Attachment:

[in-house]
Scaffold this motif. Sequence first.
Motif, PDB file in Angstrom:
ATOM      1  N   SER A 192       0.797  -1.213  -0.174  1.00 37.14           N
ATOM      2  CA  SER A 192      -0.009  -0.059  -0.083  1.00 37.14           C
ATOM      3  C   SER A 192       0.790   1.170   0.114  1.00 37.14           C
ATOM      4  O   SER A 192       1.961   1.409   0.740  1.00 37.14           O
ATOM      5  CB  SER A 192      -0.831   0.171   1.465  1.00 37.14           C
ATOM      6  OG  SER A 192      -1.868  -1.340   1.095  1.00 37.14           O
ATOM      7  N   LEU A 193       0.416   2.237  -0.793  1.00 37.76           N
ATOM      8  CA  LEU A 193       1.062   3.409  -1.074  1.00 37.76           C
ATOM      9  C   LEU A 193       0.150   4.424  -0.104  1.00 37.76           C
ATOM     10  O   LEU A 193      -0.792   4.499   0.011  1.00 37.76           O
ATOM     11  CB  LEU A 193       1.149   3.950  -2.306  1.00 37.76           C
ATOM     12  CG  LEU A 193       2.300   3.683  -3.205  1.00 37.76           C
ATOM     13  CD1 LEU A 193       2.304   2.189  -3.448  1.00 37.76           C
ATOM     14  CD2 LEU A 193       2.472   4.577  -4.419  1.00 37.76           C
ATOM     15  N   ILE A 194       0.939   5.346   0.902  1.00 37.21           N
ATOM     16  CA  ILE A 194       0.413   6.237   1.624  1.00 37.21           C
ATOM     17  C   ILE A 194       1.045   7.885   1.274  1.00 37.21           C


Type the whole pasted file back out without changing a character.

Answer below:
[in-house]
Scaffold this motif. Sequence first.
Motif, PDB file in Angstrom:
ATOM      1  N   SER A 192       0.797  -1.213  -0.174  1.00 37.14           N
ATOM      2  CA  SER A 192      -0.009  -0.059  -0.083  1.00 37.14           C
ATOM      3  C   SER A 192       0.790   1.170   0.114  1.00 37.14           C
ATOM      4  O   SER A 192       1.961   1.409   0.740  1.00 37.14           O
ATOM      5  CB  SER A 192      -0.831   0.171   1.465  1.00 37.14           C
ATOM      6  OG  SER A 192      -1.868  -1.340   1.095  1.00 37.14           O
ATOM      7  N   LEU A 193       0.416   2.237  -0.793  1.00 37.76           N
ATOM      8  CA  LEU A 193       1.062   3.409  -1.074  1.00 37.76           C
ATOM      9  C   LEU A 193       0.150   4.424  -0.104  1.00 37.76           C
ATOM     10  O   LEU A 193      -0.792   4.499   0.011  1.00 37.76           O
ATOM     11  CB  LEU A 193       1.149   3.950  -2.306  1.00 37.76           C
ATOM     12  CG  LEU A 193       2.300   3.683  -3.205  1.00 37.76           C
ATOM     13  CD1 LEU A 193       2.304   2.189  -3.448  1.00 37.76           C
ATOM     14  CD2 LEU A 193       2.472   4.577  -4.419  1.00 37.76           C
ATOM     15  N   ILE A 194       0.939   5.346   0.902  1.00 37.21           N
ATOM     16  CA  ILE A 194       0.413   6.237   1.624  1.00 37.21           C
ATOM     17  C   ILE A 194       1.045   7.885   1.274  1.00 37.21           C